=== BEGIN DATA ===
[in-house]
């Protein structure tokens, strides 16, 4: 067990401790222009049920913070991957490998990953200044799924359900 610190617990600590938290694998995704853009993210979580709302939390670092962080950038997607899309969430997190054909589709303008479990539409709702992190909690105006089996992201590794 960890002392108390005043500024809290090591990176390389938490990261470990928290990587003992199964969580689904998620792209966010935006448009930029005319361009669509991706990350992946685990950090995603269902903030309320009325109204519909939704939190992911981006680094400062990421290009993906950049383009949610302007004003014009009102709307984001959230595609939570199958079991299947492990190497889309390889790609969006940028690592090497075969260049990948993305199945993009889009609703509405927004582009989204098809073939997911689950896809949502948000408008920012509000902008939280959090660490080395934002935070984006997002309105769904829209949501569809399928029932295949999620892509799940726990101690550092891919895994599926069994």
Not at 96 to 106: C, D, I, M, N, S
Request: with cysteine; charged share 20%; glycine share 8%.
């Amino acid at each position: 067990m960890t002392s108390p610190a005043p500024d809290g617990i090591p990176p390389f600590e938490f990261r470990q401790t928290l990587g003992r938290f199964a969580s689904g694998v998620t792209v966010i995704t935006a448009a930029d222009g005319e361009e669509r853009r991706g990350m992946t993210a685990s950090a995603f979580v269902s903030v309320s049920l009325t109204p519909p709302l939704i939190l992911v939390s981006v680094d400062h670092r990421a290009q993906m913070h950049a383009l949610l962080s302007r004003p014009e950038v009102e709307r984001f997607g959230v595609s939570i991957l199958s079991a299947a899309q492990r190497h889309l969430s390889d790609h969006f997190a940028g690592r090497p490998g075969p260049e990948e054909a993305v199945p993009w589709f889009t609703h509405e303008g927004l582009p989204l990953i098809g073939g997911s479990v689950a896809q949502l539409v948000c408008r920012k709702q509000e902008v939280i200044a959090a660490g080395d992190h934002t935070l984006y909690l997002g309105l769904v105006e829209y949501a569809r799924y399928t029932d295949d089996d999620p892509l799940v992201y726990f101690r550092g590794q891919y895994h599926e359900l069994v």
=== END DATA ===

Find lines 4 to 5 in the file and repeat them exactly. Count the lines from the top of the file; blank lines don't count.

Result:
Request: with cysteine; charged share 20%; glycine share 8%.
């Amino acid at each position: 067990m960890t002392s108390p610190a005043p500024d809290g617990i090591p990176p390389f600590e938490f990261r470990q401790t928290l990587g003992r938290f199964a969580s689904g694998v998620t792209v966010i995704t935006a448009a930029d222009g005319e361009e669509r853009r991706g990350m992946t993210a685990s950090a995603f979580v269902s903030v309320s049920l009325t109204p519909p709302l939704i939190l992911v939390s981006v680094d400062h670092r990421a290009q993906m913070h950049a383009l949610l962080s302007r004003p014009e950038v009102e709307r984001f997607g959230v595609s939570i991957l199958s079991a299947a899309q492990r190497h889309l969430s390889d790609h969006f997190a940028g690592r090497p490998g075969p260049e990948e054909a993305v199945p993009w589709f889009t609703h509405e303008g927004l582009p989204l990953i098809g073939g997911s479990v689950a896809q949502l539409v948000c408008r920012k709702q509000e902008v939280i200044a959090a660490g080395d992190h934002t935070l984006y909690l997002g309105l769904v105006e829209y949501a569809r799924y399928t029932d295949d089996d999620p892509l799940v992201y726990f101690r550092g590794q891919y895994h599926e359900l069994v």